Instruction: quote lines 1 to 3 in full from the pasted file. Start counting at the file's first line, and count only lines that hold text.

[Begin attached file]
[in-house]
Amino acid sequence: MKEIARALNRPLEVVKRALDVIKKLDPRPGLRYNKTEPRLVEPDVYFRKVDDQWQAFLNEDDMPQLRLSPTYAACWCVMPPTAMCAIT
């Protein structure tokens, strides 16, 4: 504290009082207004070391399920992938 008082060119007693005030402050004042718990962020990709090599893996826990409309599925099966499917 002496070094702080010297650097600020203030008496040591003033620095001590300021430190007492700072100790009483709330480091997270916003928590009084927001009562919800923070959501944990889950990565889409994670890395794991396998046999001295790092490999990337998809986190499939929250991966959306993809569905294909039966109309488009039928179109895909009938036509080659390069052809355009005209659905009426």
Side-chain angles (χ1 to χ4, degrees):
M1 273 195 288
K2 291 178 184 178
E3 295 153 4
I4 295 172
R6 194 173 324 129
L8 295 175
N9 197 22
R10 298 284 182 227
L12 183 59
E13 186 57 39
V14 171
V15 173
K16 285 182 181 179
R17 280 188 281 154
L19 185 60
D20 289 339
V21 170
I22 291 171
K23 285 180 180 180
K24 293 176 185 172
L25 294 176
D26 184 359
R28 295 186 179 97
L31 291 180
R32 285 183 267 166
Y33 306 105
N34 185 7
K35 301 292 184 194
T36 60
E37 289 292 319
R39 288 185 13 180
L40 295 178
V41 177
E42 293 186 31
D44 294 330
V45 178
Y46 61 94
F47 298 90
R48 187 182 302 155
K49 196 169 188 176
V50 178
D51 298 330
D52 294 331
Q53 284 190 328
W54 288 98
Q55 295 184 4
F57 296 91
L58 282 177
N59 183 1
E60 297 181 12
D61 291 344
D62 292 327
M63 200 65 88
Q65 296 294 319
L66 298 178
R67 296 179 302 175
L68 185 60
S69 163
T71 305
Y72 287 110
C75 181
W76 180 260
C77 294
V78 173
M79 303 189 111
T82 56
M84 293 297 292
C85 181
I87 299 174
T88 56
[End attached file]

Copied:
[in-house]
Amino acid sequence: MKEIARALNRPLEVVKRALDVIKKLDPRPGLRYNKTEPRLVEPDVYFRKVDDQWQAFLNEDDMPQLRLSPTYAACWCVMPPTAMCAIT
């Protein structure tokens, strides 16, 4: 504290009082207004070391399920992938 008082060119007693005030402050004042718990962020990709090599893996826990409309599925099966499917 002496070094702080010297650097600020203030008496040591003033620095001590300021430190007492700072100790009483709330480091997270916003928590009084927001009562919800923070959501944990889950990565889409994670890395794991396998046999001295790092490999990337998809986190499939929250991966959306993809569905294909039966109309488009039928179109895909009938036509080659390069052809355009005209659905009426």